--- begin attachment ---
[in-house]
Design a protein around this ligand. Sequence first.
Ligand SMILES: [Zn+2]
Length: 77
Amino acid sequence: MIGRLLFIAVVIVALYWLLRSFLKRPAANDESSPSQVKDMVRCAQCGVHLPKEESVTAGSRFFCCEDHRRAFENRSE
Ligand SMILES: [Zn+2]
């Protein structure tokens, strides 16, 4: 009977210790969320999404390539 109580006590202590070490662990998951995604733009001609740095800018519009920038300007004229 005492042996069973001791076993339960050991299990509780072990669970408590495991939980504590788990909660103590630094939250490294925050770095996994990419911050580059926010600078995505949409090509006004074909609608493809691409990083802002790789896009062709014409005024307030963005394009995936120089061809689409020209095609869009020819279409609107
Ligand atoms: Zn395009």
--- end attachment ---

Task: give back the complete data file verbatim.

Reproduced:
[in-house]
Design a protein around this ligand. Sequence first.
Ligand SMILES: [Zn+2]
Length: 77
Amino acid sequence: MIGRLLFIAVVIVALYWLLRSFLKRPAANDESSPSQVKDMVRCAQCGVHLPKEESVTAGSRFFCCEDHRRAFENRSE
Ligand SMILES: [Zn+2]
């Protein structure tokens, strides 16, 4: 009977210790969320999404390539 109580006590202590070490662990998951995604733009001609740095800018519009920038300007004229 005492042996069973001791076993339960050991299990509780072990669970408590495991939980504590788990909660103590630094939250490294925050770095996994990419911050580059926010600078995505949409090509006004074909609608493809691409990083802002790789896009062709014409005024307030963005394009995936120089061809689409020209095609869009020819279409609107
Ligand atoms: Zn395009």